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Sales -The Challenger Sale: Taking Control of the Customer Conversation – Book Review

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Sep 112011
 

Sales –The Challenger Sale: Taking Control of the Customer Conversation – Book Review

Sales: By Paul McCord |September 7, 2011| McCord Training

Matthew Dixon and Brent Adamson in their new book, The Challenger Sale: Taking Control of the Customer Conversation (Portfolio/Penguin: 2011) challenge traditional sales theory at its very core.  According to their study, the generally accepted view that in complex selling the Relationship Sellers are the most effective and key for building a high performance sales team is 100% wrong.  In fact, they argue, that of the 5 types of salespeople they identified: The Hard Worker; The Relationship Builder, The Lone Wolf, The Problem Solver, and the Challenger, the Relationship Builder was the worst performer by far.

Not buying it?

Well, they have some pretty good support—Neil Rackham for one.  Now although  Rackham hasn’t reached the level of deity—yet anyway—having him write the Foreword to the book and endorse their conclusion has to make one sit up and take the book seriously.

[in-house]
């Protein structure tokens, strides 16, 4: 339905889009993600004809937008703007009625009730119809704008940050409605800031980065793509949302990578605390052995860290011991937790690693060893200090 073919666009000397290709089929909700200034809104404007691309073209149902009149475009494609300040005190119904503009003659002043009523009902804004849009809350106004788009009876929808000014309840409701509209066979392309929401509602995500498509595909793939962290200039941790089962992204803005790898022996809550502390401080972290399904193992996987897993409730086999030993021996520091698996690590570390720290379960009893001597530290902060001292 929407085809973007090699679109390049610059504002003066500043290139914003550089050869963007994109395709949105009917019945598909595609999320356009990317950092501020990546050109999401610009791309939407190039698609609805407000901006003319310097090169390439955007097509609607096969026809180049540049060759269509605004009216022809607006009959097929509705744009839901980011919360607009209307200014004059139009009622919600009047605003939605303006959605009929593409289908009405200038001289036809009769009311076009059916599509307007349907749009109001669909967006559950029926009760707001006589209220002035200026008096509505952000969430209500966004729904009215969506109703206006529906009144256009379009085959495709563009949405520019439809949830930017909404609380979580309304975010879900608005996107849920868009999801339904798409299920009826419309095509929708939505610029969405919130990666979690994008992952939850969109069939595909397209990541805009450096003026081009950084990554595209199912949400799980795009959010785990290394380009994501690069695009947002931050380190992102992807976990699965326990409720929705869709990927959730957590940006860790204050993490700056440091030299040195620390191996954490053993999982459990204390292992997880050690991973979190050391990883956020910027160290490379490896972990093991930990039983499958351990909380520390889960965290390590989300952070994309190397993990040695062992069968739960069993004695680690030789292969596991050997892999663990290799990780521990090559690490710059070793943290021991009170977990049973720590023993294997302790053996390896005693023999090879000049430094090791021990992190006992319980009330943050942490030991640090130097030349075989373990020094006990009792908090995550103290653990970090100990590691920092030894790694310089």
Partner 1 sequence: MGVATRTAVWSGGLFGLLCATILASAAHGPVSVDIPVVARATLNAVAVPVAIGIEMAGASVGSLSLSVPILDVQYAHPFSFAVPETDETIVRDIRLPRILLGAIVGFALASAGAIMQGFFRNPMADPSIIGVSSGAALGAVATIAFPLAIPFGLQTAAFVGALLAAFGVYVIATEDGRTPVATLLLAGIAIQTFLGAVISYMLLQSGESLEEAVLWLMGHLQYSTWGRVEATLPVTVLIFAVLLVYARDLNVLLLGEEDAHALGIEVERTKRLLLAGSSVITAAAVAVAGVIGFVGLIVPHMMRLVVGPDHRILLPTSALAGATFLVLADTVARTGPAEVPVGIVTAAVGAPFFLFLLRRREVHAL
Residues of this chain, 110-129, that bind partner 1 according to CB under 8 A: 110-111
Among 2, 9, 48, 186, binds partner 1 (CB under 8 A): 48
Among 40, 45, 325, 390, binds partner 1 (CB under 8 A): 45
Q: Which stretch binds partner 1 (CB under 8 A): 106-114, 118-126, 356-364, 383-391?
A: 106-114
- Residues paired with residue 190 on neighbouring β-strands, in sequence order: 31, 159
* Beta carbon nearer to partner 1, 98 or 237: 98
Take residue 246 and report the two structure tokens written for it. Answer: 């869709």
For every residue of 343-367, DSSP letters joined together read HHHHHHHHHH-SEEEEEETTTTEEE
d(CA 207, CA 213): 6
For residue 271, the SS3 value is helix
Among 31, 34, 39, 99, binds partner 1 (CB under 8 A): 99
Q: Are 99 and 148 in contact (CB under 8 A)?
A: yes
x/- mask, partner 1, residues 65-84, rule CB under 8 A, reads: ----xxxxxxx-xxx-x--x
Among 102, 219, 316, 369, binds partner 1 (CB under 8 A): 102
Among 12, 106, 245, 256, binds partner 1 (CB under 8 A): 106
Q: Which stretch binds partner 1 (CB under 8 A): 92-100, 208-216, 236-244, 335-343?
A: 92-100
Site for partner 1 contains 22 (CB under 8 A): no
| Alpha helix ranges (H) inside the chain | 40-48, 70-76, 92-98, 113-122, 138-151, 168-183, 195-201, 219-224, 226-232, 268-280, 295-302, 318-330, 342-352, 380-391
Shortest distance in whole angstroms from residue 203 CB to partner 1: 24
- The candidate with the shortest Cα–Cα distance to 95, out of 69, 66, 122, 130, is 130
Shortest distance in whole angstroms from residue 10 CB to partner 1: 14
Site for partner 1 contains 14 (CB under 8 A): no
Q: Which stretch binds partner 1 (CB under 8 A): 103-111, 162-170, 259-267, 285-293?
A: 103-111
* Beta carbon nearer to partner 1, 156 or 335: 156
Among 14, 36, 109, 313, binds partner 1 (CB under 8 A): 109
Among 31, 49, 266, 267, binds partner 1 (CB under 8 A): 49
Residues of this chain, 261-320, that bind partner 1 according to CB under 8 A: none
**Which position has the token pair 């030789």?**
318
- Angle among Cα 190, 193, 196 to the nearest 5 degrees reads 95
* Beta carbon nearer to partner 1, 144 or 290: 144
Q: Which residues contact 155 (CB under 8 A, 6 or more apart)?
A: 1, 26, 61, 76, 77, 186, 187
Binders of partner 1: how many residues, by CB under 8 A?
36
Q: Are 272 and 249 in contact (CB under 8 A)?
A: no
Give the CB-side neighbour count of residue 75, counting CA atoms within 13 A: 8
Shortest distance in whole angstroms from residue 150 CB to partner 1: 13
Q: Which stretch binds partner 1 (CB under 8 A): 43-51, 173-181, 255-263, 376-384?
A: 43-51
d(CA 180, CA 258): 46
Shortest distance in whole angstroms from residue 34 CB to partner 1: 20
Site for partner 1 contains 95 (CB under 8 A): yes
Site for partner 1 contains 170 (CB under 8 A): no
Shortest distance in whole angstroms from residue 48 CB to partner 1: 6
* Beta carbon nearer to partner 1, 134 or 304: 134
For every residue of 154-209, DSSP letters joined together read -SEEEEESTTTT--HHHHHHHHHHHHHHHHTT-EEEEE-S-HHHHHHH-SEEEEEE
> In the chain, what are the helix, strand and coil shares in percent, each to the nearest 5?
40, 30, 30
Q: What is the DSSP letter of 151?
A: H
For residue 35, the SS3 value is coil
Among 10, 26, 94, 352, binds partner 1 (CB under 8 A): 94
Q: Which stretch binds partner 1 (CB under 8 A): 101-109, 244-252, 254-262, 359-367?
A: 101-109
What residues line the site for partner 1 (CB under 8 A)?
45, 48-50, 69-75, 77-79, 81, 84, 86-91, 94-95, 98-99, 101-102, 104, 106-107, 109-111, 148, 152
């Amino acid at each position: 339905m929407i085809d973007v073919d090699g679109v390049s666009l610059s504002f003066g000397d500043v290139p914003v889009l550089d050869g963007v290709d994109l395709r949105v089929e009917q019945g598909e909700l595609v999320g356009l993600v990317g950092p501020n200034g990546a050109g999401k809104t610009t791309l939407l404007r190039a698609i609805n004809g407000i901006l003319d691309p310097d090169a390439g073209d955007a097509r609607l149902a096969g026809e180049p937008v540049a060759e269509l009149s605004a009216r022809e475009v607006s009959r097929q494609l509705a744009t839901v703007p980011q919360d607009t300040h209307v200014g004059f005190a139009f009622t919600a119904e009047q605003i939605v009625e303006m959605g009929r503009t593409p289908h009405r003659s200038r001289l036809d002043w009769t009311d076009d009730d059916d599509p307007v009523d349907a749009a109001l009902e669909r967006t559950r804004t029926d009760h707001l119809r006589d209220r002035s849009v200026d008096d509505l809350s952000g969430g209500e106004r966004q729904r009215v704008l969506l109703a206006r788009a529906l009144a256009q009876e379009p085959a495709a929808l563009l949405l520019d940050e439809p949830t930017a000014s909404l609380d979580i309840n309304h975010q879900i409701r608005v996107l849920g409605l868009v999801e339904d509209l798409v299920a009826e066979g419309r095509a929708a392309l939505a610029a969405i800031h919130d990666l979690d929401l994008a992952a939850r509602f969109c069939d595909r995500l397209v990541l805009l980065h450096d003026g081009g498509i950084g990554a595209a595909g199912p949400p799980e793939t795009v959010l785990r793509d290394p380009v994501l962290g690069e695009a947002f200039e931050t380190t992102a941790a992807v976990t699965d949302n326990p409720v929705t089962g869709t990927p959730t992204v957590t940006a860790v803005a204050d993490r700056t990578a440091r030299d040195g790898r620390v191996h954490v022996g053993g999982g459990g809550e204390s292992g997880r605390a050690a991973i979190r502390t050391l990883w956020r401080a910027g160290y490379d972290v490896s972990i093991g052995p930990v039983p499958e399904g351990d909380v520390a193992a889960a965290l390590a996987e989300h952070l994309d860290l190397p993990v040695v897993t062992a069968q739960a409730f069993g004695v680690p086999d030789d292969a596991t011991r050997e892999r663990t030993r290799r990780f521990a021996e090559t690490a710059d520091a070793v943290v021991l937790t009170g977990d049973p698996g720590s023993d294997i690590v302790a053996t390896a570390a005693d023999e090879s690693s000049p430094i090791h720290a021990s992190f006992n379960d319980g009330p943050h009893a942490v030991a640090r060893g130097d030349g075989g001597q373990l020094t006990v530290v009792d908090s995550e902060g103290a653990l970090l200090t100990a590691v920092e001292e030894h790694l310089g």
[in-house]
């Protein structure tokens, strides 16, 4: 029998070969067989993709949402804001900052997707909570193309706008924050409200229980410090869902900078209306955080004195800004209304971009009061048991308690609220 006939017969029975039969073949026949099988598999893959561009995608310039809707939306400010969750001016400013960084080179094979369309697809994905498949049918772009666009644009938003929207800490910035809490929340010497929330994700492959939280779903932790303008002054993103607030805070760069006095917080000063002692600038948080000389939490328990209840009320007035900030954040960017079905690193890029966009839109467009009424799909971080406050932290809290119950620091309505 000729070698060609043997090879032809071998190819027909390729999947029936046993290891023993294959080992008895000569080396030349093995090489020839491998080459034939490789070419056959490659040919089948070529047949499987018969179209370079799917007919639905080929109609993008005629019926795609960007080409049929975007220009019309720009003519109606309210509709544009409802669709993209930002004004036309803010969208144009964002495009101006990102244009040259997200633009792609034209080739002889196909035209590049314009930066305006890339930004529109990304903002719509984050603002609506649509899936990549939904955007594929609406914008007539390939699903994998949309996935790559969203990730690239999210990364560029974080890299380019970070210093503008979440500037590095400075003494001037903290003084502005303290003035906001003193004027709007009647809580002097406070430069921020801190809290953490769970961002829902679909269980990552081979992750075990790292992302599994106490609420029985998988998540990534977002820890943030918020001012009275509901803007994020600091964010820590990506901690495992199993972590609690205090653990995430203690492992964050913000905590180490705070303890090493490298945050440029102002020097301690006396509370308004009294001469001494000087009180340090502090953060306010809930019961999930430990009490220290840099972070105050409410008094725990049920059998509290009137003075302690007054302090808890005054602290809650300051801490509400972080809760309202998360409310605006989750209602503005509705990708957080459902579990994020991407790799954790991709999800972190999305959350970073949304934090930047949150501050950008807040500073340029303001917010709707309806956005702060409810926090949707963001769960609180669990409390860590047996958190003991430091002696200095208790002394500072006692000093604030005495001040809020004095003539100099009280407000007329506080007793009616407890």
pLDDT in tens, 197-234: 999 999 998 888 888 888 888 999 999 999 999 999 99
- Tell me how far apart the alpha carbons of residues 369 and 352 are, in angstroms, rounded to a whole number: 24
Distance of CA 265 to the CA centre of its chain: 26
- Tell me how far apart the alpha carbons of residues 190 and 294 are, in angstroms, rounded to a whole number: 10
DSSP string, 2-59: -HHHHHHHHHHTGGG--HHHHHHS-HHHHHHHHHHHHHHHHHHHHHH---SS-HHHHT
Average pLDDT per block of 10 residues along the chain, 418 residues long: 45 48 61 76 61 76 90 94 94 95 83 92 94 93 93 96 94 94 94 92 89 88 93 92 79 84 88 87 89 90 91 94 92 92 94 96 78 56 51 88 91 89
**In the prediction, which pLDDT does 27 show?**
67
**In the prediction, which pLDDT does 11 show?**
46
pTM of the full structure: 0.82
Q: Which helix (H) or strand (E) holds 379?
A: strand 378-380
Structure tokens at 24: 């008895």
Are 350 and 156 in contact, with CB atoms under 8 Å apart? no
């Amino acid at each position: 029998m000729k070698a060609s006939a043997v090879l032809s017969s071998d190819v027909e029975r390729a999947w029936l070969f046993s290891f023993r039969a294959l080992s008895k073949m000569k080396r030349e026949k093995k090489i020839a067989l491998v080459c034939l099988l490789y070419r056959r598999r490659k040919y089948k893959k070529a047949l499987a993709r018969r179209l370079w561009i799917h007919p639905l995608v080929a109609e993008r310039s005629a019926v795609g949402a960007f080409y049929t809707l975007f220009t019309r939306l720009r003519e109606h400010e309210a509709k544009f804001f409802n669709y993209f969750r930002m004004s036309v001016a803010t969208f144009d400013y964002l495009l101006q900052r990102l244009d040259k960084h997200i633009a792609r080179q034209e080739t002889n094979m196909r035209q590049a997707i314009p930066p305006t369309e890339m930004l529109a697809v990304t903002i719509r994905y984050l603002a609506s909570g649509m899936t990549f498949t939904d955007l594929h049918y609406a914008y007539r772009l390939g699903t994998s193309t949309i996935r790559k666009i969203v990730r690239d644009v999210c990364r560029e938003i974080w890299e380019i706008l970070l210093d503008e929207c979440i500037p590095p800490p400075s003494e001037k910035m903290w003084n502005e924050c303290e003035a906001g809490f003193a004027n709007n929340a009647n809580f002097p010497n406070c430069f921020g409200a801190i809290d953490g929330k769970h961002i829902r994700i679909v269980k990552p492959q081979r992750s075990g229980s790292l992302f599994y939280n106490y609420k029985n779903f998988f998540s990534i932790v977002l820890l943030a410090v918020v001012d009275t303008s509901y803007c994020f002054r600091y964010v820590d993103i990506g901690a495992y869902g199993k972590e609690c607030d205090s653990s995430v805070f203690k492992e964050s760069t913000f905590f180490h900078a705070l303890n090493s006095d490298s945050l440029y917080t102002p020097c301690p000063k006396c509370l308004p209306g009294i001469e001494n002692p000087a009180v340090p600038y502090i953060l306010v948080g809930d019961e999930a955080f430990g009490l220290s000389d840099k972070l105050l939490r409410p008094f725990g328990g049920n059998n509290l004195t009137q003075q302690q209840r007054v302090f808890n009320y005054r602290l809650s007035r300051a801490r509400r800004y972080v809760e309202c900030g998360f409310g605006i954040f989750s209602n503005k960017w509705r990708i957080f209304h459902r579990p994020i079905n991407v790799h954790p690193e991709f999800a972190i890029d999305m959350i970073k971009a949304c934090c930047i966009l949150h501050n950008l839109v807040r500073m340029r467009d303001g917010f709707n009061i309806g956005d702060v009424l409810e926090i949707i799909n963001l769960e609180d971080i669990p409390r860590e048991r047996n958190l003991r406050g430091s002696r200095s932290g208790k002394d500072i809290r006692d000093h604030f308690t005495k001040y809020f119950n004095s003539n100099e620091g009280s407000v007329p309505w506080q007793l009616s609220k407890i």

The Challenger Sale is based on a study of over 6,000 sales reps from across the globe and “representing every major industry, geography, and go-to-market model.”  The study is based on a survey of forty-five rep attributes which include attitudes, skills and behaviors, activities, and knowledge.

The study broke the various sellers they found into five types:

The Hard Worker: the rep “that shows up early, stays late, and is always willing to put in the extra effort.”

The Relationship Builder: “is all about building and nurturing strong personal and professional relationships and advocates across the customer organization.”

The Lone Wolf: are deeply self-confident and follow their instincts, not the company rules

The Problem Solver: is “highly reliable and very detail-oriented.”  They make sure all the promises have been kept and focus on follow-up.

The Challenger:  “They’ve got a deep understanding of the customer’s business and use that understanding to challenge the customer’s thinking and teach them something new about how their company operates.”

When the authors examined each of these groups in terms of production, they discovered no significant difference between the five groups when they looked at average sellers.  In other words, anyone can be an average seller.  However, when they examined the top sellers in organizations they discovered a huge difference—the Challenger model created by far the most top performers while the Relationship Builder model was left in the dust by the other four models.

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http://salesandmanagementblog.com/2011/09/07/book-review-the-challenger-sale-taking-control-of-the-customer-conversation/

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